Alert March 04, 2008

SEC Issues Exemptive Orders to Permit Actively Managed ETFs

The SEC issued exemptive orders that will allow the offering of actively managed exchange traded funds (“ETFs”).  The actively managed ETFs that received exemptive relief include funds that will invest in non-U.S. money market instruments, funds that invest in U.S. equity securities using quantitative screening techniques and a short-term U.S. debt fund.  ETFs are investment companies that are typically registered under the Investment Company Act of 1940, as amended (the “1940 Act”), as open-end funds.  Unlike typical open-end funds, ETFs do not sell or redeem their individual shares at net asset value (“NAV”).  Instead, they sell and redeem shares at NAV only in large blocks (such as 50,000 shares) typically referred to as “Creation Units.”  National securities exchanges list ETF shares for trading, which creates a secondary market where ETF shares can trade at negotiated prices in non‑Creation Unit quantities throughout the day.  Because their operations do not conform to the limitations for any of the types of registered collective investment vehicles permitted under the federal securities laws, ETFs must obtain exemptive relief from certain provisions of the 1940 Act before they can conduct a public offering.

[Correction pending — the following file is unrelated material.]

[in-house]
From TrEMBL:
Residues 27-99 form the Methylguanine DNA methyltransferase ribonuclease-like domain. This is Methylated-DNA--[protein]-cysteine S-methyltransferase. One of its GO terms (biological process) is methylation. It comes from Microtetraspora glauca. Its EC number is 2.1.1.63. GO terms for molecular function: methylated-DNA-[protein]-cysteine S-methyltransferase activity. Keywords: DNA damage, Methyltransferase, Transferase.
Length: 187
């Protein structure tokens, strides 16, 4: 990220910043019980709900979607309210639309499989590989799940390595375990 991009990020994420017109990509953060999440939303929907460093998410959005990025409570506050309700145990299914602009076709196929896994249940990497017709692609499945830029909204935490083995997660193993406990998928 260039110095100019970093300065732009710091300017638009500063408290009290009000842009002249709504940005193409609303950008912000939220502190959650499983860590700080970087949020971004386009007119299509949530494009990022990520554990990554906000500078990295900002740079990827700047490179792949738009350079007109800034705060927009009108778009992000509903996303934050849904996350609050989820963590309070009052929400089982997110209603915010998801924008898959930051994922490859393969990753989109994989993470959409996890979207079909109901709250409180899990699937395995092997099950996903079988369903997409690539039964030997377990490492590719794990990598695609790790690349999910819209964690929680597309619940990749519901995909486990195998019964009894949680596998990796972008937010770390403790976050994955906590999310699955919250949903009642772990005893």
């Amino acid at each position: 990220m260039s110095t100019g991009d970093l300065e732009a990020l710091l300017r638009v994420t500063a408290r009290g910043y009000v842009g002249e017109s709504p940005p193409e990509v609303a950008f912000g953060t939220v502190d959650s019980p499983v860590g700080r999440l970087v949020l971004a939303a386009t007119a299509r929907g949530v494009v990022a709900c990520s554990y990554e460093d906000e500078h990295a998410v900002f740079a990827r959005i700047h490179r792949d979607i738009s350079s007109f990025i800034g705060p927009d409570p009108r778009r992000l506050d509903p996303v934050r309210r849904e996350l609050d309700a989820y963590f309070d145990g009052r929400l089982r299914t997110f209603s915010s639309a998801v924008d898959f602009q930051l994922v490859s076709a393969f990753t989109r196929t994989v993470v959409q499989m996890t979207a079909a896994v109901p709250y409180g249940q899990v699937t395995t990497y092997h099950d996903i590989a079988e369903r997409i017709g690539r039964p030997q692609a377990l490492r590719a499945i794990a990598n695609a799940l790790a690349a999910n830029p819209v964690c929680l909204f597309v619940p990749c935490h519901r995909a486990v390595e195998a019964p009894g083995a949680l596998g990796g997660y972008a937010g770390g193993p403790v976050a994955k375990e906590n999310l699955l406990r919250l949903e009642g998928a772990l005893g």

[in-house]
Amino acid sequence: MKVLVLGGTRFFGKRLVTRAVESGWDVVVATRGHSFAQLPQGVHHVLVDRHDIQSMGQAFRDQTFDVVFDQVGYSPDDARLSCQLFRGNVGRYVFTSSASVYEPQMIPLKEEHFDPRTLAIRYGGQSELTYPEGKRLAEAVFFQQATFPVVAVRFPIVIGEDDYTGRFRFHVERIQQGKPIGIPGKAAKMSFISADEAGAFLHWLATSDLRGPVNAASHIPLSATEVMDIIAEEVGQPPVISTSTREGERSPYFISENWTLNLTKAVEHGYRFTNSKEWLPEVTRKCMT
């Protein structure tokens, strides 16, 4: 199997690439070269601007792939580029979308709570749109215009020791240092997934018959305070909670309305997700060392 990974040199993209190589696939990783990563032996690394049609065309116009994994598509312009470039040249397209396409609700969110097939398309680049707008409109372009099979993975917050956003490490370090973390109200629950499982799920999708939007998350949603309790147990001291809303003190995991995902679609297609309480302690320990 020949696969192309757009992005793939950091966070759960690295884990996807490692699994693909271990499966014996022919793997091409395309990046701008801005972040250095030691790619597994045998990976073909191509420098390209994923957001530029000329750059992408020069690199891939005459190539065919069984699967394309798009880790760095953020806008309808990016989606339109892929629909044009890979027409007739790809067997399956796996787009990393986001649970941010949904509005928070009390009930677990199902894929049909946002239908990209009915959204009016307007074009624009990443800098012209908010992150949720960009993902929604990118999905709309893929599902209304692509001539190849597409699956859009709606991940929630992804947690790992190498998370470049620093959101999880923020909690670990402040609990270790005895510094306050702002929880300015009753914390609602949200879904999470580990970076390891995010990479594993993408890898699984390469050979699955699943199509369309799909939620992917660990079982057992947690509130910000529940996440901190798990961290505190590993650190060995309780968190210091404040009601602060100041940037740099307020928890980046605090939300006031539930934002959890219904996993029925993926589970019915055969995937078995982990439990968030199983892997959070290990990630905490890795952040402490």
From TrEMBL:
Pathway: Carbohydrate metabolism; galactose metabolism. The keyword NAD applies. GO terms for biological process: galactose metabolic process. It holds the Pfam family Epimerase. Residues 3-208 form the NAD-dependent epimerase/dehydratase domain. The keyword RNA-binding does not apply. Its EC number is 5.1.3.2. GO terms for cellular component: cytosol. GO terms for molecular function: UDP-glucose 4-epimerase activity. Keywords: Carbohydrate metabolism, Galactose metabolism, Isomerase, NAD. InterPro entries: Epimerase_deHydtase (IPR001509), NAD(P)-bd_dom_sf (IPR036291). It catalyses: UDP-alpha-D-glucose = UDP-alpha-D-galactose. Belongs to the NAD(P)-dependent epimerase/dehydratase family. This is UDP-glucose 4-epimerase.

The SEC has historically granted the necessary exemptive relief only to index based ETFs, which seek to track the performance of a specified domestic or foreign market index.  Because securities selection for an actively managed ETF is based on the ETF’s investment objectives and policies rather than the composition of an index, the SEC had expressed concerns that the arbitrage mechanism relied on to control discrepancies between an ETF’s market price and its NAV would be less effective for actively managed ETFs.  The conditions of the exemptive relief granted to actively managed ETFs generally track those for index based ETFs including the requirement that (a) before trading each day, the actively managed ETF’s adviser or sponsor publicly disclose the ETF’s portfolio, which will be the basis for its NAV at day’s end, and (b) the listing exchange make available an estimate of the ETF’s NAV at 15 second intervals throughout the day.  Two of the orders also provide for relief from (1) the 1940 Act limits on the ability of other registered funds to acquire shares of the actively managed ETFs and (2) the 1940 Act’s affiliated transaction limitations that would prohibit certain affiliates of an actively managed ETF from engaging in in-kind Creation Unit transactions with the actively managed ETF.